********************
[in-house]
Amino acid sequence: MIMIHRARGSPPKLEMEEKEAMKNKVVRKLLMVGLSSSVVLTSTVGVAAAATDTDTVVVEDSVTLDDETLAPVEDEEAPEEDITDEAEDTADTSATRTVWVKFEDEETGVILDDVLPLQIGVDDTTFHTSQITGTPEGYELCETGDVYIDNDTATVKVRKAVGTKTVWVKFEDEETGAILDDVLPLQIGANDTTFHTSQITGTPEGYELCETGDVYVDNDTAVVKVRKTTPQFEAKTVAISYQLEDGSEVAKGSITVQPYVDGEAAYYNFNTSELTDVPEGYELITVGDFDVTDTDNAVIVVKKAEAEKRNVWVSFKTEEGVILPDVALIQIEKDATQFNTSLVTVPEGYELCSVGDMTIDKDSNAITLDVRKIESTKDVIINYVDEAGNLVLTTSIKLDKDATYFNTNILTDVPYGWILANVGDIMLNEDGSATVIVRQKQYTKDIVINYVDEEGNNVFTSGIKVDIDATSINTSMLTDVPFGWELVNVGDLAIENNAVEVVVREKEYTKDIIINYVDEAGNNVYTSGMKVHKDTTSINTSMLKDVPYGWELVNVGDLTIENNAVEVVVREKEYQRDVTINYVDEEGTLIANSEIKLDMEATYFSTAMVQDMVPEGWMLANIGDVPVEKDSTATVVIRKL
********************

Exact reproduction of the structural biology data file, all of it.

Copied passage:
[in-house]
Amino acid sequence: MIMIHRARGSPPKLEMEEKEAMKNKVVRKLLMVGLSSSVVLTSTVGVAAAATDTDTVVVEDSVTLDDETLAPVEDEEAPEEDITDEAEDTADTSATRTVWVKFEDEETGVILDDVLPLQIGVDDTTFHTSQITGTPEGYELCETGDVYIDNDTATVKVRKAVGTKTVWVKFEDEETGAILDDVLPLQIGANDTTFHTSQITGTPEGYELCETGDVYVDNDTAVVKVRKTTPQFEAKTVAISYQLEDGSEVAKGSITVQPYVDGEAAYYNFNTSELTDVPEGYELITVGDFDVTDTDNAVIVVKKAEAEKRNVWVSFKTEEGVILPDVALIQIEKDATQFNTSLVTVPEGYELCSVGDMTIDKDSNAITLDVRKIESTKDVIINYVDEAGNLVLTTSIKLDKDATYFNTNILTDVPYGWILANVGDIMLNEDGSATVIVRQKQYTKDIVINYVDEEGNNVFTSGIKVDIDATSINTSMLTDVPFGWELVNVGDLAIENNAVEVVVREKEYTKDIIINYVDEAGNNVYTSGMKVHKDTTSINTSMLKDVPYGWELVNVGDLTIENNAVEVVVREKEYQRDVTINYVDEEGTLIANSEIKLDMEATYFSTAMVQDMVPEGWMLANIGDVPVEKDSTATVVIRKL